7 FOREWORD John Elkington Executive Chairman of Volans; co-founder, Environmental Data Services, SustainAbility and Volans Ventures; the inventor of the triple bottom line; and author or co-author of 19 books, the latest being The Zeronauts: Breaking the Sustainability Barrier. The International Corporate Sustainability Barometer is welcome for a number of reasons. First, it is another signal that the sustainability agenda is finally coming of age. When we set up the company SustainAbility way back in 1987, the same year that the Brundtland Commission published its report, we had to spell the word continuously and for several years. That s no longer the main problem. Second, experience shows that well-designed surveys of business-related issues and performance can really get the competitive juices flowing in both companies and countries. Third, it is great to see so many universities and business schools now beginning to get behind at least elements of this agenda. Some have been working in this space for quite some time, but most continue to see this as a set of issues that still struggle to make it to the level of company Boards and C-Suites. Fourth, it is exciting to see a survey platform that evolved in Germany now going international. Germany has a great deal to offer in this space and it will be very interesting to see how this platform, and the surveys, evolve over time. Fifth, and by no means finally, I have long been an admirer of Stefan Schaltegger and his work, and congratulate him and his team for producing this first generation survey and set of analyses. Having said all of that, I also feel strongly that much of what is currently going on in the CSR and even sustainability space is useful to have, but does not really yet add up to the sort of solutions we need to tackle the nature and scale of the global challenges we face. That is why we are encouraging business leaders to move from Change-as-Usual mindsets and strategies to Breakthrough thinking and action. A growing number of business leaders are speaking out on the need for system change and, for example, for the ending of perverse subsidies that incentivize companies to do unsustainable things. I very much hope that in future iterations of the International Corporate Sustainability Barometer elements of these wider challenges can be embraced and corporate responses evaluated. In the meantime, welcome to the first international Barometer and I am sure that your suggestions for future improvements would be valued by the team. International Corporate Sustainability Barometer 7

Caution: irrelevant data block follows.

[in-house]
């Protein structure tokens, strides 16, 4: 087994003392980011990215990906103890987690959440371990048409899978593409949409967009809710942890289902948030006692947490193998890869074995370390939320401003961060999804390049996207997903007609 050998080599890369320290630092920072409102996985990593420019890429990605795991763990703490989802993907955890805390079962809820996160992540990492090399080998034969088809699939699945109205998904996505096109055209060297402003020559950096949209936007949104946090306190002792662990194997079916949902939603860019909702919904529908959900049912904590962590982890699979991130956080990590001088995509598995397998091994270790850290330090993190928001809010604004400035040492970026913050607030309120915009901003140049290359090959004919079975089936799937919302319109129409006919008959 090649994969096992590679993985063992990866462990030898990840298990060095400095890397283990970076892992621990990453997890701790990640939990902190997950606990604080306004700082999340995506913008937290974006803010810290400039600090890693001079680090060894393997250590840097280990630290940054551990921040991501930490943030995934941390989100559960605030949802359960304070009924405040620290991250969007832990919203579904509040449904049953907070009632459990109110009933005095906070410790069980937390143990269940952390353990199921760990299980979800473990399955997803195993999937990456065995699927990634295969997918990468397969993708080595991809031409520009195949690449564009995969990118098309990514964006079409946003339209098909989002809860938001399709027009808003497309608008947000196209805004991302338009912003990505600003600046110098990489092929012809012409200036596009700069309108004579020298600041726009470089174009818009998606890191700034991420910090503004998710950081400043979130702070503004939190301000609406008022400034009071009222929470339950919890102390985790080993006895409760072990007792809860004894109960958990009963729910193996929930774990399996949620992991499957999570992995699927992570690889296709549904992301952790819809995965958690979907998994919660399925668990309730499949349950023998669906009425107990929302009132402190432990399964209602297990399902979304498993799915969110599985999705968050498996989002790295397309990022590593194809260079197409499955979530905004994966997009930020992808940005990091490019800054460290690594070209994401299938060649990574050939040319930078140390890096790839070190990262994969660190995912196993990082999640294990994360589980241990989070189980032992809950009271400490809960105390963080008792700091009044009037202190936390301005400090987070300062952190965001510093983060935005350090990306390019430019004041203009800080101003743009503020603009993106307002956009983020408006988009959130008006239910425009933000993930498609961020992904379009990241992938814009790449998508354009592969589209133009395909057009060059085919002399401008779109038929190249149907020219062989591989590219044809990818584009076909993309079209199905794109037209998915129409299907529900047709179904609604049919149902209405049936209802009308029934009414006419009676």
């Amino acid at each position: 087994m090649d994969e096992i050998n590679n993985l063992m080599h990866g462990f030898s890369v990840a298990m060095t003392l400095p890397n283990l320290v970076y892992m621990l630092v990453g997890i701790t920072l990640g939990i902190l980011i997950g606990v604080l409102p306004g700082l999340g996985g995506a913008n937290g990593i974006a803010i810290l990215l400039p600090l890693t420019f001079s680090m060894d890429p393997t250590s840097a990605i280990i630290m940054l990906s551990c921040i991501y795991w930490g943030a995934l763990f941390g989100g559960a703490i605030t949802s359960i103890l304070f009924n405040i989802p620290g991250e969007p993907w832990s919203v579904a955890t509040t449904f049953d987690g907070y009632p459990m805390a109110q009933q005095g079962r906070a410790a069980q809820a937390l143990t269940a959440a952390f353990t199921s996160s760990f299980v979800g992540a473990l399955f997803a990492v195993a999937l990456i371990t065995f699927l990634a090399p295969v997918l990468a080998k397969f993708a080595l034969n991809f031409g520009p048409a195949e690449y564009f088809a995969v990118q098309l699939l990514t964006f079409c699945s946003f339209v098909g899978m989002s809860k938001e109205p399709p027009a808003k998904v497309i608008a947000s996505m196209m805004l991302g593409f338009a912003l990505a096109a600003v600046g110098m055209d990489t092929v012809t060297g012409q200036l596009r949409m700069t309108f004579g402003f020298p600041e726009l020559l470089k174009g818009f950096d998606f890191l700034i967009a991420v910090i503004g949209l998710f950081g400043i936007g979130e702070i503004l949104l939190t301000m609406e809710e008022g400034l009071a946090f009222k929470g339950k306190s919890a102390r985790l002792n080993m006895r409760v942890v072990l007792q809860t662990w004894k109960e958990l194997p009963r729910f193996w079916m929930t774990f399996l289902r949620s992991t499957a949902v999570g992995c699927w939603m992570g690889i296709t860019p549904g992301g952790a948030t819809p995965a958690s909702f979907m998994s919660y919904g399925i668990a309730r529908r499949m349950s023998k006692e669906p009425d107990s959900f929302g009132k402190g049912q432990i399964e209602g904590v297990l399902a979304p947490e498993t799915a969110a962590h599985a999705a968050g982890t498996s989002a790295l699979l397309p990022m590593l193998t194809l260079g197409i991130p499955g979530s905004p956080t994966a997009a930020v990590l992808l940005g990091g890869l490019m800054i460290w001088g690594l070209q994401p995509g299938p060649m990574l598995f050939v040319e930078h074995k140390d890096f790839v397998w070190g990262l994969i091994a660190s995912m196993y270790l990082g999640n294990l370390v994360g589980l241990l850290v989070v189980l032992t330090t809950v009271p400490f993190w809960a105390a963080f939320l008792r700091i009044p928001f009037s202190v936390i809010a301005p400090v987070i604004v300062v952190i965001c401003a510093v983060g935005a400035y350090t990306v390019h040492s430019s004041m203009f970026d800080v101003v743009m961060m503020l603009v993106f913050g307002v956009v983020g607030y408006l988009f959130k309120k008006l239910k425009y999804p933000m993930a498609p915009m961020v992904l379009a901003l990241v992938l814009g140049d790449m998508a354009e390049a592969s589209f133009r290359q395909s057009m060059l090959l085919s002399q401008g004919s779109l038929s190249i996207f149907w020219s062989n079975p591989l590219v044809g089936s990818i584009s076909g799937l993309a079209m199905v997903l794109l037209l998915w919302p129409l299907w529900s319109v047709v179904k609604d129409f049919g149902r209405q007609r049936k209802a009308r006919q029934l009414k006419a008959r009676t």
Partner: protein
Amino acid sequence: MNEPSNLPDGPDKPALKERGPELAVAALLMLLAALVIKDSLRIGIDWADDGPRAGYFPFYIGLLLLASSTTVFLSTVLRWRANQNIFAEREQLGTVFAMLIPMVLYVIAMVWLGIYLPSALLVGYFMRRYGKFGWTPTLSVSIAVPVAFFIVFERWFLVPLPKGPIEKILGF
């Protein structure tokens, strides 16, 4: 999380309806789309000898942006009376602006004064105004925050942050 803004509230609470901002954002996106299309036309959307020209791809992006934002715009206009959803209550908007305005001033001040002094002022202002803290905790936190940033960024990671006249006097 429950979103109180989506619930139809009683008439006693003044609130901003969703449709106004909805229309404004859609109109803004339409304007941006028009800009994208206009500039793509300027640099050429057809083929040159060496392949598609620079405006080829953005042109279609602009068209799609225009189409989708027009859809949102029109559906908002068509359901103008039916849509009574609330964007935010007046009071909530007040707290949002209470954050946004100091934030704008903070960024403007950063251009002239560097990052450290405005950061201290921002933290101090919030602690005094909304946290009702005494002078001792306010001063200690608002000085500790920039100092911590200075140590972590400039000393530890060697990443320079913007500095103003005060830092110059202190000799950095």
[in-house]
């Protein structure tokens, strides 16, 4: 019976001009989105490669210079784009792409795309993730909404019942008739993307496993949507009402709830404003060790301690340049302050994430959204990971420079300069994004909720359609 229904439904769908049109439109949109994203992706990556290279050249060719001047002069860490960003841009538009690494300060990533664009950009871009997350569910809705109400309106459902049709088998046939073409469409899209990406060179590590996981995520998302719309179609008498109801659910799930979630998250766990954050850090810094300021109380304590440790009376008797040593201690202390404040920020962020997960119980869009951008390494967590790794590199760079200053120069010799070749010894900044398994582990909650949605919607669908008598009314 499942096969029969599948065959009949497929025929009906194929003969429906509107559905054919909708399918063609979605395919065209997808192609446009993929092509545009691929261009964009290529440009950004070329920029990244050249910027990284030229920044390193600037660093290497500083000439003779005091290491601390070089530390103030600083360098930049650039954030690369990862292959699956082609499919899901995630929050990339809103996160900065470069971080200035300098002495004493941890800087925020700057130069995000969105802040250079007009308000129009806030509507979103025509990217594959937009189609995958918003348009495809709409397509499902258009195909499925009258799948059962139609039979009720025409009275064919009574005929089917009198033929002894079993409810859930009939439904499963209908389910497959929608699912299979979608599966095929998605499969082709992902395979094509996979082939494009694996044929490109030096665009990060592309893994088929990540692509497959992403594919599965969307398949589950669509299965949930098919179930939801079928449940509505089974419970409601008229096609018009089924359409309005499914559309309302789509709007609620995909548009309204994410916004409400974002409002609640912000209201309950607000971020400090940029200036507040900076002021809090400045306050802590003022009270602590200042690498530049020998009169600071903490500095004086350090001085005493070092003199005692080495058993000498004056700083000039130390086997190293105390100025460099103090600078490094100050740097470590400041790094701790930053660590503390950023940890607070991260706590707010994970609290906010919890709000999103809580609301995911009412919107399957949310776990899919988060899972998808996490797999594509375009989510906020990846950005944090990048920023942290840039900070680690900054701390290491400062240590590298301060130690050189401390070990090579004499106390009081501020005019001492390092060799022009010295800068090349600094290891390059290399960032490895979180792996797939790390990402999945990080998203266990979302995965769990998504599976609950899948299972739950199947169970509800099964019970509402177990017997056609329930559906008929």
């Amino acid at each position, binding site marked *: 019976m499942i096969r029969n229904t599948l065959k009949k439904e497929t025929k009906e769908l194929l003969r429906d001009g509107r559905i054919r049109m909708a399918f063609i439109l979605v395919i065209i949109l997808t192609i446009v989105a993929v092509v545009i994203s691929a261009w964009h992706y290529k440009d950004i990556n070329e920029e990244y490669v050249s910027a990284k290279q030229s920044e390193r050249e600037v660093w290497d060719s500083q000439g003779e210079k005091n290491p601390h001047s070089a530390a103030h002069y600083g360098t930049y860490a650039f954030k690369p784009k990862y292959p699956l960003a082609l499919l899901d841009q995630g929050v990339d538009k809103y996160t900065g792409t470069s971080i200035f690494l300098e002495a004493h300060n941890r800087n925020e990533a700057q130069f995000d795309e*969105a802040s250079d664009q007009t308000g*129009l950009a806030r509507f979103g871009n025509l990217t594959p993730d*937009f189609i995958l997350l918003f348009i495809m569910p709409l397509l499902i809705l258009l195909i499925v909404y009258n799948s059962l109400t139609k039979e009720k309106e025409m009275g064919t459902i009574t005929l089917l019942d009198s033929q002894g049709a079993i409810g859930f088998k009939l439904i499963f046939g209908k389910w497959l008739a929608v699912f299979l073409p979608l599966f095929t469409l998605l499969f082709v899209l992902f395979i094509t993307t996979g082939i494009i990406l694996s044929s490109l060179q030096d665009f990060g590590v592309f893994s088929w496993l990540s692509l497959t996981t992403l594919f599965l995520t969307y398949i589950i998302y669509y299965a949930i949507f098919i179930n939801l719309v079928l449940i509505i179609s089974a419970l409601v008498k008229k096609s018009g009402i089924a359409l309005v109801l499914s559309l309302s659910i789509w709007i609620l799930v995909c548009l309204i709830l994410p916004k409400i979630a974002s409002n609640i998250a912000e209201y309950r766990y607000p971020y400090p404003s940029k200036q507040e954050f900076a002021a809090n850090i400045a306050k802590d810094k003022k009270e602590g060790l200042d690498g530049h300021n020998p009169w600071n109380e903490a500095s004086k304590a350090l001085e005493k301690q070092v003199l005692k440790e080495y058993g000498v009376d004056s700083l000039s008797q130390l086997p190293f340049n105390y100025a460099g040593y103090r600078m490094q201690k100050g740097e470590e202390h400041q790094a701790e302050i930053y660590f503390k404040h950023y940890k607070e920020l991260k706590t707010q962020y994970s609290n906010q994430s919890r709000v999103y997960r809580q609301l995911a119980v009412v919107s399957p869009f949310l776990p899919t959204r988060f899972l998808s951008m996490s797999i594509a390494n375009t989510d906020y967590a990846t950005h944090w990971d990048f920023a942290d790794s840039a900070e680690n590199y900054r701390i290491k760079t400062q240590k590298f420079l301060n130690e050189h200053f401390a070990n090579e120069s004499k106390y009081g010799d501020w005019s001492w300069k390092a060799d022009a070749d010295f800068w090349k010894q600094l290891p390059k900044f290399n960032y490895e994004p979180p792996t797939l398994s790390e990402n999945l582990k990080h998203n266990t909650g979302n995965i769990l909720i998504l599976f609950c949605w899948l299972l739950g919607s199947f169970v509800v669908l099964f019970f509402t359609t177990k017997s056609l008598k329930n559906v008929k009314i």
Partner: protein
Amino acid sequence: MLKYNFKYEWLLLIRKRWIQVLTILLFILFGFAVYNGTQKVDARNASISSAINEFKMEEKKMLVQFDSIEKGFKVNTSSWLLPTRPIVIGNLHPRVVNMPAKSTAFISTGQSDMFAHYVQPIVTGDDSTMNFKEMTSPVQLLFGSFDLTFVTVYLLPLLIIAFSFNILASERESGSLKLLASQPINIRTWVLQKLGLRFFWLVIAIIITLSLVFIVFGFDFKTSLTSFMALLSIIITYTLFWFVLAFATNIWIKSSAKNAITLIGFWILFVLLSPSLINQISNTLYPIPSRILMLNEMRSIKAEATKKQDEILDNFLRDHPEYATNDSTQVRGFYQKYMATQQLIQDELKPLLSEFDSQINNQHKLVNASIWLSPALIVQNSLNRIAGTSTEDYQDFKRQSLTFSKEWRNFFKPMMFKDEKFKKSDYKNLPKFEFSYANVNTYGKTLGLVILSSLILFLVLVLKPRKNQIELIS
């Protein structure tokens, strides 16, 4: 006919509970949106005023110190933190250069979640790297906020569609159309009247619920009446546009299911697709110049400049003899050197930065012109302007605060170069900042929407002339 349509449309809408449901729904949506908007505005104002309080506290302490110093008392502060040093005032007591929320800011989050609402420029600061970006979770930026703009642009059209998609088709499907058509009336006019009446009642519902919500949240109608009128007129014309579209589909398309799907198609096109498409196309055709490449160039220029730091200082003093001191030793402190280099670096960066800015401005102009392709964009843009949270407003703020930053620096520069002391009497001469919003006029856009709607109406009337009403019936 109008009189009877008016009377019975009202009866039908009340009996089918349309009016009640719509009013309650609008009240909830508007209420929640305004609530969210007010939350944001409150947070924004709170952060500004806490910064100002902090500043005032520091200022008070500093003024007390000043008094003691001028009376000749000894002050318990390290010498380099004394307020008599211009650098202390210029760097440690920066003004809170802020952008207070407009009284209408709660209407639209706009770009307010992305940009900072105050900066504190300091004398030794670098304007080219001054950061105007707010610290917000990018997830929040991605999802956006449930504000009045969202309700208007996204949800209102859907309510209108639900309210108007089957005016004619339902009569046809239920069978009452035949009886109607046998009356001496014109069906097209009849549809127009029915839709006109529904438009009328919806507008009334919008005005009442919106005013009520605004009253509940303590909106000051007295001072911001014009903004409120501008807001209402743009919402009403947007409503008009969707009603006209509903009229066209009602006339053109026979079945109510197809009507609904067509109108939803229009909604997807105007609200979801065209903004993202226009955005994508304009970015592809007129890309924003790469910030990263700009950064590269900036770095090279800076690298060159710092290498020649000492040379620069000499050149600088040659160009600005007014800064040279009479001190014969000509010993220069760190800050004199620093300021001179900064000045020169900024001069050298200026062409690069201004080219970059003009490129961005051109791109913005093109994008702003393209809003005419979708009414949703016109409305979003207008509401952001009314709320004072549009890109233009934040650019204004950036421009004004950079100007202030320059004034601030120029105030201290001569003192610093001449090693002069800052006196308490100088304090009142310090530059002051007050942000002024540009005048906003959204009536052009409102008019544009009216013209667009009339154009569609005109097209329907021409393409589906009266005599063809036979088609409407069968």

8 LIST OF FIGURES Figure 1: Annual revenue Figure 2: Number of employees Figure 3: Core business Figure 4: Share of non-domestic sales in total revenue Figure 5: Impact of external stakeholders on corporate sustainability Figure 6: Managed sustainability issues Figure 7: Stakeholder demands to manage sustainability issues Figure 8: Linking sustainability with the core business Figure 9: Impact of organisational units on corporate sustainability Figure 10: Drivers of business cases for sustainability Figure 11: Management of stakeholder relationships Figure 12: Measured sustainability impacts Figure 13: Measured impact on company success or competitive advantage LIST OF TABLES Table 1: Participating countries, partner academic institutions and responses Table 2: Sustainability issues assessed as relevant in the future Table 3: Drivers of business cases for sustainability Table 4: Top 10 known sustainability management tools Table 5: Top 10 applied sustainability management tools Table 6: Corporate sustainability profile of participating countries International Corporate Sustainability Barometer